Heart rate, ejection duration and subendocardial viability ratio in patients with rheumatoid arthritis as compared to controls
Rheumatoid arthritis (RA) is associated with increased cardiovascular morbidity and mortality. In the general population, an increased heart rate is associated with increased mortality. Only a few studies have investigated heart rate in RA patients and compared the results with patients that do not have RA (n-RA). Therefore, little is known as to whether an increased heart rate, at least in part, could explain the increased mortality found in RA patients. The aim of the present study was to investigate whether heart rate is increased in RA patients.
In this cross-sectional study, heart rate was determined in a total of 282 patients (131 RA, 151 n-RA). In addition, non-invasive pulse wave analysis of the radial artery was performed to determine cardiac ejection duration using the Sphygmocor apparatus. Furthermore, the subendocardial viability ratio (SEVR), a marker of cardiac workload, was investigated, whereby higher values indicate a more favorable supply/demand relationship for the myocardium. Patients using chronotropic drugs were not included in the study.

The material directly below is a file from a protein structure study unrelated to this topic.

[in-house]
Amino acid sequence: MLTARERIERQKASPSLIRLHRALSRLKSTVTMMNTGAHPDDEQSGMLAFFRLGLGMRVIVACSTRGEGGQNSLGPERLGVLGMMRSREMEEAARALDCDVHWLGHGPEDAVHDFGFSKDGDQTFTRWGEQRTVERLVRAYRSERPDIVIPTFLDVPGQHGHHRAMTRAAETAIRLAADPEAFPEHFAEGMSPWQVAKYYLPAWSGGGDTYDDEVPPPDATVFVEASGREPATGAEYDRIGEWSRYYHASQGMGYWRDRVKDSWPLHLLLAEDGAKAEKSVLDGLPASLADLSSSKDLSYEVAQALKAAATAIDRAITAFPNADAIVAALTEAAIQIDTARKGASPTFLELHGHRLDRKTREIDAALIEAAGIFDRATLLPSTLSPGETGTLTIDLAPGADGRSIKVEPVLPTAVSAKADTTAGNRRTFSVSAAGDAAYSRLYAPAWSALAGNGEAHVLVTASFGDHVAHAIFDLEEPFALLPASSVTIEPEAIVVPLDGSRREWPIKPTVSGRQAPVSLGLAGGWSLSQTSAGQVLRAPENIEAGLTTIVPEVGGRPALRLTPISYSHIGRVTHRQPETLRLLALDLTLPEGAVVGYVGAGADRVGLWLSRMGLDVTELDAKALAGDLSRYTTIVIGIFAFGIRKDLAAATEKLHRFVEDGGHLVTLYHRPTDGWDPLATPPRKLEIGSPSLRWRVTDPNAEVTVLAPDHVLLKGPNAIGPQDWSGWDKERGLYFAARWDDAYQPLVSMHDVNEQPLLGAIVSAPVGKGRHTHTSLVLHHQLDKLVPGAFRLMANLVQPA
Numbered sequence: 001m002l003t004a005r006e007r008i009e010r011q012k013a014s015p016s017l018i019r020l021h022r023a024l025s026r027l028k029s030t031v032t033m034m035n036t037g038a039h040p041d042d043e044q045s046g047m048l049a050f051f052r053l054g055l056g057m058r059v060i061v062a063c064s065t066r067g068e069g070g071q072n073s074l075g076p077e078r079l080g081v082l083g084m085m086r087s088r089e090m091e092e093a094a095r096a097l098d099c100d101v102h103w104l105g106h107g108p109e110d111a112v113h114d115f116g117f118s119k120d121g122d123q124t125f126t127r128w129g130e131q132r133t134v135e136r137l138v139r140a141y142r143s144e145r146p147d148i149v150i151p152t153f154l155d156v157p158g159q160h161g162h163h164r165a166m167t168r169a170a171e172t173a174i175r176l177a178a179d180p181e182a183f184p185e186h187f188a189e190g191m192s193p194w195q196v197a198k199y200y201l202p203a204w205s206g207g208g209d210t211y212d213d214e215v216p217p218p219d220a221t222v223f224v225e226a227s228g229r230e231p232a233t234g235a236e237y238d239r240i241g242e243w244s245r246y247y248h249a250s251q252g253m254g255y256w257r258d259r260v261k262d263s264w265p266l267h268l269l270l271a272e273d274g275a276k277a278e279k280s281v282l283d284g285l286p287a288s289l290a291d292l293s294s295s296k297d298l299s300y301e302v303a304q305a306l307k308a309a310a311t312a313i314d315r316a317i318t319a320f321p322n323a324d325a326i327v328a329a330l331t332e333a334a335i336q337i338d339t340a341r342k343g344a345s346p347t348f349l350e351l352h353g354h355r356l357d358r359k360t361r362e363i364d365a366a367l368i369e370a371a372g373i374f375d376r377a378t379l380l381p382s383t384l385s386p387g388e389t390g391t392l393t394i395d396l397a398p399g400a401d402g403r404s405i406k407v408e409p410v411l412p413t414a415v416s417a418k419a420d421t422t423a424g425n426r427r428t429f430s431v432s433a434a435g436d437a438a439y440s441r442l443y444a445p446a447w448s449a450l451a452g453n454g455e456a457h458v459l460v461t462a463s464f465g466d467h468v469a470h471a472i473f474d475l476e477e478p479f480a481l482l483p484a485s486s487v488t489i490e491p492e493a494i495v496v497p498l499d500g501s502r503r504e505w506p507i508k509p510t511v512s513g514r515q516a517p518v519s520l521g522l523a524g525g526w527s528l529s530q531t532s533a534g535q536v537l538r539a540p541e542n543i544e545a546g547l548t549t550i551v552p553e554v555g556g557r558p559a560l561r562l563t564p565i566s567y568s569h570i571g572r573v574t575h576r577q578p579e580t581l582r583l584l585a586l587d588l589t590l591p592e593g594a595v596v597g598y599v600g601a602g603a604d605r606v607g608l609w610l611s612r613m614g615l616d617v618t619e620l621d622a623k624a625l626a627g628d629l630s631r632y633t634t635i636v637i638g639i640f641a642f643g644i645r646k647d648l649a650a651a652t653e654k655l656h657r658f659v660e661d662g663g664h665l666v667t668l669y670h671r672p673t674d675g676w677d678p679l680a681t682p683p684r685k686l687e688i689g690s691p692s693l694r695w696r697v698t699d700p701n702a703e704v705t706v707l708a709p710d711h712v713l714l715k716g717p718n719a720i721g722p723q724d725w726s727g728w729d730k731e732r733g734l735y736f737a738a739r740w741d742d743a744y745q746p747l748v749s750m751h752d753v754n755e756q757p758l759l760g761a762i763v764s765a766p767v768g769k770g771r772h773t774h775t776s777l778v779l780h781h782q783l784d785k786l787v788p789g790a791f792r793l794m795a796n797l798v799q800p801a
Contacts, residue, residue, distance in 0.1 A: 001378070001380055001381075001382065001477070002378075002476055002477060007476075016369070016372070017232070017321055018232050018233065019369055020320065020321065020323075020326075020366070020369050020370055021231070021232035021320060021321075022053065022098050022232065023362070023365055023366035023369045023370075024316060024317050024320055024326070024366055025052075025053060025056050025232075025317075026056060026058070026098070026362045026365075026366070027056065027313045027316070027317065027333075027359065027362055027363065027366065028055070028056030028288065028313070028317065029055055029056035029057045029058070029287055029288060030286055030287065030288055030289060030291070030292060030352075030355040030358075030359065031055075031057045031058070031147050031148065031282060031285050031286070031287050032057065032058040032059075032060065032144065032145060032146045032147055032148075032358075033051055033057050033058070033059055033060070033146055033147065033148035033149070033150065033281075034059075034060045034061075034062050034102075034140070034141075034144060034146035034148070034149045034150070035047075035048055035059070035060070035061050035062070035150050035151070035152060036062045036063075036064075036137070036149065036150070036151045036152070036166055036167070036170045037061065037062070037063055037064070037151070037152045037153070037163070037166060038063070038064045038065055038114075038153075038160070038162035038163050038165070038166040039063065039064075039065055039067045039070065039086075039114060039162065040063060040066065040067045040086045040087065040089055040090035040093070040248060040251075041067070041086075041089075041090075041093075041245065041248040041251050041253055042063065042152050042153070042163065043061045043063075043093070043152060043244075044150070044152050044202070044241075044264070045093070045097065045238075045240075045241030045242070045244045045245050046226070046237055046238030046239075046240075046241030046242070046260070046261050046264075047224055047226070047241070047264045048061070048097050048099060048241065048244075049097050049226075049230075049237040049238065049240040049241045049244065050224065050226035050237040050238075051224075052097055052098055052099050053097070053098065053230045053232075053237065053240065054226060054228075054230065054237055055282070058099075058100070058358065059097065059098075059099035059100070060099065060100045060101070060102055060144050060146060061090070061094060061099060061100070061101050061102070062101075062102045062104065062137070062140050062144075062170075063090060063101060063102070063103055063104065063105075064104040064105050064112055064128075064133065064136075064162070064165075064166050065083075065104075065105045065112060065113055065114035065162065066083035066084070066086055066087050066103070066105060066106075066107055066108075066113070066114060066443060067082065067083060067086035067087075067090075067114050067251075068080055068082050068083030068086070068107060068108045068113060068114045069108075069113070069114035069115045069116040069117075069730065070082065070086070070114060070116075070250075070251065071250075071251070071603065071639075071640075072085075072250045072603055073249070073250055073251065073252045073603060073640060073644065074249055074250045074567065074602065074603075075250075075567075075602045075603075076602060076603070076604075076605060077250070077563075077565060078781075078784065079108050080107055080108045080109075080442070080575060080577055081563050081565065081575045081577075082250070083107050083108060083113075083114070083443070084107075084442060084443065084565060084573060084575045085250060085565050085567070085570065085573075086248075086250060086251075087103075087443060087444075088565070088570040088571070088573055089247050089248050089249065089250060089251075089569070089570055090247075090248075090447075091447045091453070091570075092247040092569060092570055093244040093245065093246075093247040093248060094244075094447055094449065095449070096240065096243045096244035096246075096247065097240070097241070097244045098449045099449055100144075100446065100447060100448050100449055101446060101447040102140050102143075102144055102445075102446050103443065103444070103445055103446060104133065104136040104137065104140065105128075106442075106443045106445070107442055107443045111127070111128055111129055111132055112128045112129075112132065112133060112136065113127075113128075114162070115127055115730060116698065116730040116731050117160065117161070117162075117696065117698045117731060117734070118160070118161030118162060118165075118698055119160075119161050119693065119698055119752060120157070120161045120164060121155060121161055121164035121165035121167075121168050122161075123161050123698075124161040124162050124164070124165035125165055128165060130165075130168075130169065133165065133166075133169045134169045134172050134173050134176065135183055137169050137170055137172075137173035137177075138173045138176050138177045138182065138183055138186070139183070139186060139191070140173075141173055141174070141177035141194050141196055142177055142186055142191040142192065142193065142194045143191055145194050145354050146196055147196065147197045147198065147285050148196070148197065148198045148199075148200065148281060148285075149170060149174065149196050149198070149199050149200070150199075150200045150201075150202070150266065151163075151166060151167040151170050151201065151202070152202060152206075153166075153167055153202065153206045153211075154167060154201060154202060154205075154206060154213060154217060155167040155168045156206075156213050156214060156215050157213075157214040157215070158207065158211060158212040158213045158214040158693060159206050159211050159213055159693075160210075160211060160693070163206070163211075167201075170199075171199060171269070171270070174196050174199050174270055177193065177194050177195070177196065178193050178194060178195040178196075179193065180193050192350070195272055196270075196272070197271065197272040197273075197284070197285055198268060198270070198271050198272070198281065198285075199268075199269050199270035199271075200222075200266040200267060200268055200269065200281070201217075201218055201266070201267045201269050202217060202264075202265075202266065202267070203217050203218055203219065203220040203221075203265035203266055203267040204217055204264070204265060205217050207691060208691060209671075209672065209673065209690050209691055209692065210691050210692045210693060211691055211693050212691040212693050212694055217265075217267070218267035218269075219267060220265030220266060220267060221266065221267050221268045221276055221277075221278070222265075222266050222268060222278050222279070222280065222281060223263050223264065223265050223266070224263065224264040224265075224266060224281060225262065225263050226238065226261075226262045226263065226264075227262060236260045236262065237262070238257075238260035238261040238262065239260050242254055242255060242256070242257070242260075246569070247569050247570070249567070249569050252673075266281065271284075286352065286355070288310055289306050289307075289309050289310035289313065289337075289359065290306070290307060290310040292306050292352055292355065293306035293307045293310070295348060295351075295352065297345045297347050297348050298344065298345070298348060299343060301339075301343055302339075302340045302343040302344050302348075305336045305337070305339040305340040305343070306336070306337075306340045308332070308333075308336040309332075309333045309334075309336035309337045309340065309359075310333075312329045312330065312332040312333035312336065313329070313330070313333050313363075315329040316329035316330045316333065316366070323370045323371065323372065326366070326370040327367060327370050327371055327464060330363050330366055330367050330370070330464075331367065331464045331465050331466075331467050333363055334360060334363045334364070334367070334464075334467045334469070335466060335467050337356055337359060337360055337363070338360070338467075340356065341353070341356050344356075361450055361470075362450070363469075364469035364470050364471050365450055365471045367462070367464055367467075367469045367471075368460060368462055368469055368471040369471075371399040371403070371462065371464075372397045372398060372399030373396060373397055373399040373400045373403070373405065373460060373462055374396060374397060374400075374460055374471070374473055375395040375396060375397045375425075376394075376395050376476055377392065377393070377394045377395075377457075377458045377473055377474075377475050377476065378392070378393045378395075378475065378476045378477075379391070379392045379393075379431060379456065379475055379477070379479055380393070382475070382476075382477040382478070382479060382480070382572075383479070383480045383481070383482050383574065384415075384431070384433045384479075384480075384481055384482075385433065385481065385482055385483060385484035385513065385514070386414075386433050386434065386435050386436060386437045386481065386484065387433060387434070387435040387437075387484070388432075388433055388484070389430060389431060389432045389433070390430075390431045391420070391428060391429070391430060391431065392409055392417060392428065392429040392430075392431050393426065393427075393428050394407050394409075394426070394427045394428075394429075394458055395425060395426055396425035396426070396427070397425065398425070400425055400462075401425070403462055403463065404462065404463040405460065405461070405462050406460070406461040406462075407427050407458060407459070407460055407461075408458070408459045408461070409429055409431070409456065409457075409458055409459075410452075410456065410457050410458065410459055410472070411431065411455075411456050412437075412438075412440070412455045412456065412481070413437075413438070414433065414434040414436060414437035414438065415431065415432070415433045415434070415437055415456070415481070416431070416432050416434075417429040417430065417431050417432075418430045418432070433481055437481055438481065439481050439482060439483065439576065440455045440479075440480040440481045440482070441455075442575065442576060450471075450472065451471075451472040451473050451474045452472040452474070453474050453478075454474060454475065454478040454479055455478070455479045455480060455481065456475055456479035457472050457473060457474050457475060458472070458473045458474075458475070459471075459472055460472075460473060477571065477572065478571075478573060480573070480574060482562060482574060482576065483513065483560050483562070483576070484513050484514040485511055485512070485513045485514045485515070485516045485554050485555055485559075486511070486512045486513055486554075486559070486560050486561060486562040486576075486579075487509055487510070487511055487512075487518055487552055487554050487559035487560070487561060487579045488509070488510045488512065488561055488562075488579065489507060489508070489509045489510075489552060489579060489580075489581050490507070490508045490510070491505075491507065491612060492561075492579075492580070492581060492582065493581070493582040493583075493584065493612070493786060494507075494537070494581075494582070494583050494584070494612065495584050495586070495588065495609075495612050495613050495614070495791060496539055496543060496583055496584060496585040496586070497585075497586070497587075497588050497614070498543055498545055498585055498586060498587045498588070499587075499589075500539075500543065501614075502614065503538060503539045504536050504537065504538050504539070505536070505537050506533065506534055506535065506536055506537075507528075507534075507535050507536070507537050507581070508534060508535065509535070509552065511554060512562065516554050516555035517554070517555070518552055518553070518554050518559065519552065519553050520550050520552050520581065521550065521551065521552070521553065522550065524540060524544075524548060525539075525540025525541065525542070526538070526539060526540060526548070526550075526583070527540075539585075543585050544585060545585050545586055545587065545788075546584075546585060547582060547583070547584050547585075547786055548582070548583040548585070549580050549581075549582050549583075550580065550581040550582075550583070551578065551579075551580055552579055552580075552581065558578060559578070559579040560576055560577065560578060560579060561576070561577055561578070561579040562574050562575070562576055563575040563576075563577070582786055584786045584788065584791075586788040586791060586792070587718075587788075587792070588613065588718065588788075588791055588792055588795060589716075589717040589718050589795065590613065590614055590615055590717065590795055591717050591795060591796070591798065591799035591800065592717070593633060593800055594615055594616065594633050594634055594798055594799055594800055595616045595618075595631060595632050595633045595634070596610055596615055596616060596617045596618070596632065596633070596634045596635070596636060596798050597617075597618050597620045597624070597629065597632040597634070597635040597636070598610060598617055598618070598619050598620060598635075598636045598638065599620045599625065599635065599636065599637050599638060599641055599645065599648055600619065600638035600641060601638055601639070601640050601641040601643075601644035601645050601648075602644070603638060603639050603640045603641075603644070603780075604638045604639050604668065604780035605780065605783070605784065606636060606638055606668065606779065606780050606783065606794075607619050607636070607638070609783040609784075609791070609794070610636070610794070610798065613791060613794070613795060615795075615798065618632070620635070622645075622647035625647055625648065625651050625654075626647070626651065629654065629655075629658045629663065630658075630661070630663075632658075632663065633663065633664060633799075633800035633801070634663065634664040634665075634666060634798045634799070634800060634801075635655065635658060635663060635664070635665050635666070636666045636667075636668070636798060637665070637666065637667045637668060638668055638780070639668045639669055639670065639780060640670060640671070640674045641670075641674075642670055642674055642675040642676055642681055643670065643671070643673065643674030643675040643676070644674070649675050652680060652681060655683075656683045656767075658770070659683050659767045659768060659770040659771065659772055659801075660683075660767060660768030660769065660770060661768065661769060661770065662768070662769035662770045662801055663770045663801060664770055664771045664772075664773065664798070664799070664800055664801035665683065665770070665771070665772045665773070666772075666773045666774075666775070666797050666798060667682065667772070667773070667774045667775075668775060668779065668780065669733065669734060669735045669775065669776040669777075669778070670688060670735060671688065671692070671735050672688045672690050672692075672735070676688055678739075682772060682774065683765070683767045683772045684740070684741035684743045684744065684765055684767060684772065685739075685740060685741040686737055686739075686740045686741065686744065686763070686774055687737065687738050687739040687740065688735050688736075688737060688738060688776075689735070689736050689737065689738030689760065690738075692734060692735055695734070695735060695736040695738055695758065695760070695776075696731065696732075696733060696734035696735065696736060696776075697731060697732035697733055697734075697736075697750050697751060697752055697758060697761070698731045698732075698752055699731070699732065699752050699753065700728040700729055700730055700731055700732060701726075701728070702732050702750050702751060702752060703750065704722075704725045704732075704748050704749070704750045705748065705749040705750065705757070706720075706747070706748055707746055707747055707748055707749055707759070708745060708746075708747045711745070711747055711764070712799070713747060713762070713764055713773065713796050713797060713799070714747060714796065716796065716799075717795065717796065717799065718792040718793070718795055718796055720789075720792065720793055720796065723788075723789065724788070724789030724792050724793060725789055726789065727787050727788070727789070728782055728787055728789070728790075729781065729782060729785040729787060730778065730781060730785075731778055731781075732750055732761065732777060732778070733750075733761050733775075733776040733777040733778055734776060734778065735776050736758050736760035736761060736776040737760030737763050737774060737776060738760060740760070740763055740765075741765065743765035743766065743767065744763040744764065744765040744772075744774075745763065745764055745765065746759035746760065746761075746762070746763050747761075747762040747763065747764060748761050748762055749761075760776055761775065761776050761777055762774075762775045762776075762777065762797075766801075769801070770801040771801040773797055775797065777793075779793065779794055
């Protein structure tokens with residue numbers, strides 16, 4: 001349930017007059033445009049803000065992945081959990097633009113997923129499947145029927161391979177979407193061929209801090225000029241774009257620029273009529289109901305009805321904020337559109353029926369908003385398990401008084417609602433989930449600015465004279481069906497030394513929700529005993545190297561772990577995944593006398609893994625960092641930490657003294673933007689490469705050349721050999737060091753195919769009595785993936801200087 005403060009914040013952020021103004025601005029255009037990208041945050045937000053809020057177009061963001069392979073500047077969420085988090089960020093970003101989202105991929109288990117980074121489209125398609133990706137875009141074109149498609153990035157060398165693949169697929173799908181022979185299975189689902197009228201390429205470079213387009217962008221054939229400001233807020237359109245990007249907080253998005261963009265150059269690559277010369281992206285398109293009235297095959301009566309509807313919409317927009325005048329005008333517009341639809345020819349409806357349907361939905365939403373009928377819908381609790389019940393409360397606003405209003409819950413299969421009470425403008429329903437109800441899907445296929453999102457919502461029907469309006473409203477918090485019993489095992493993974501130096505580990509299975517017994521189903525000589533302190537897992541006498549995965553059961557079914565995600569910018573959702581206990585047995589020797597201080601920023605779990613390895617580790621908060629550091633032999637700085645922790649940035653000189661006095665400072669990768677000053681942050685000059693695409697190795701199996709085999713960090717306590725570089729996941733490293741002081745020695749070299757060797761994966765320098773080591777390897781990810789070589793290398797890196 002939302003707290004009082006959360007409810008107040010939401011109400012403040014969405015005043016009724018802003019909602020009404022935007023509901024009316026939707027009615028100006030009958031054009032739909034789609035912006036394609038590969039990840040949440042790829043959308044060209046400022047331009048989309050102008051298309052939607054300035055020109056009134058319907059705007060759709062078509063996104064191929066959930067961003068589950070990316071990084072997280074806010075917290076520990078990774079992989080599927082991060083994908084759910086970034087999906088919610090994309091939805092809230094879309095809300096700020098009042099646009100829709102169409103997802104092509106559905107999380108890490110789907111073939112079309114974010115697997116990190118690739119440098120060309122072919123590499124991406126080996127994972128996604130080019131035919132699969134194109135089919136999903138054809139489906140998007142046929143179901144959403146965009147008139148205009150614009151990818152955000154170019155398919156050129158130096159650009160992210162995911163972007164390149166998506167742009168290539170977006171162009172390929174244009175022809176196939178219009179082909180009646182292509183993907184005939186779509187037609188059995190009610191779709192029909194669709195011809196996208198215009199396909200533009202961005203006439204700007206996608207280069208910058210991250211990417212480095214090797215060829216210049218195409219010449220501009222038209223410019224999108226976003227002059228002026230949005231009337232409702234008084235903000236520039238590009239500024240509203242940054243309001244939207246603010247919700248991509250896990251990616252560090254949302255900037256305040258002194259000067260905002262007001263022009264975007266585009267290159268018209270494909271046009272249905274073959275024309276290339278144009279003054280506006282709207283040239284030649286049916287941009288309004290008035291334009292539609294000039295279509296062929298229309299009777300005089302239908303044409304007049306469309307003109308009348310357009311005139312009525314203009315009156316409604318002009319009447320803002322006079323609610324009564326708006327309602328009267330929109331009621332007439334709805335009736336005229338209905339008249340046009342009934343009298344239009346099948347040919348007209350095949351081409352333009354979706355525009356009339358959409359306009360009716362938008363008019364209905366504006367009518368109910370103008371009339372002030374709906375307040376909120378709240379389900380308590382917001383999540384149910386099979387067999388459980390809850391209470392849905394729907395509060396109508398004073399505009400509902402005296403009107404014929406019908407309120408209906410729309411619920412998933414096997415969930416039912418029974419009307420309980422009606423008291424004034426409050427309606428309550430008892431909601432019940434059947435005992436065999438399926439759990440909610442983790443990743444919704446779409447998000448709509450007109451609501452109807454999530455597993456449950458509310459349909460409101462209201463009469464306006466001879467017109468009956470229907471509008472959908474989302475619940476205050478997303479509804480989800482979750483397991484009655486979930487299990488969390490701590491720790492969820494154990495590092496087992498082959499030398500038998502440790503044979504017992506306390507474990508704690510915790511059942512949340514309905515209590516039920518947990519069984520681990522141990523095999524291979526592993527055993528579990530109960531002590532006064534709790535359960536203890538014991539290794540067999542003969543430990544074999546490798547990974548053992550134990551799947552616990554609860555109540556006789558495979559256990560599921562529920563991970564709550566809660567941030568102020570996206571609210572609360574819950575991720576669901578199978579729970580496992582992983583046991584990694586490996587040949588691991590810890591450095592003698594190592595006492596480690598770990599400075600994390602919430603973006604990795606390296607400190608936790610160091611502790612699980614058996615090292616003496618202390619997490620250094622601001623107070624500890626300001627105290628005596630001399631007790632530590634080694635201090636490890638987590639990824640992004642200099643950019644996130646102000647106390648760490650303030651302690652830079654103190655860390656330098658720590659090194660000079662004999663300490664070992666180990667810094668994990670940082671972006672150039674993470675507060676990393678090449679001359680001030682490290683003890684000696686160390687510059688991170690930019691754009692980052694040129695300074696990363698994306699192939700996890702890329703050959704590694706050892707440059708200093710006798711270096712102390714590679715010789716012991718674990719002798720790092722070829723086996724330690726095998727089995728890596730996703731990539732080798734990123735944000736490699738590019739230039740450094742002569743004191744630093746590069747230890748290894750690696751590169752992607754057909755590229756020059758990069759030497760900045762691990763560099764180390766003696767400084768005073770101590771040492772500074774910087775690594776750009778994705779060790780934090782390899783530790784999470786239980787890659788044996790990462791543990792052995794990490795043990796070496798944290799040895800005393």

Heart rate was virtually the same in RA patients (71.9 ± 11.2 beats/min [bpm]) as compared with controls (72.3 ± 11.7 bpm; P > 0.05). Also SEVR (RA 144 ± 25% vs. n-RA 147 ± 27%; P > 0.05) and ejection duration (RA 321 ± 24 ms vs. n-RA 318 ± 24 ms; P > 0.05) were comparable between the groups.
It could not be shown that heart rate in RA patients differs significantly from heart rate in controls. Therefore, heart rate does not appear to explain or contribute to the increased cardiovascular risk found in RA patients.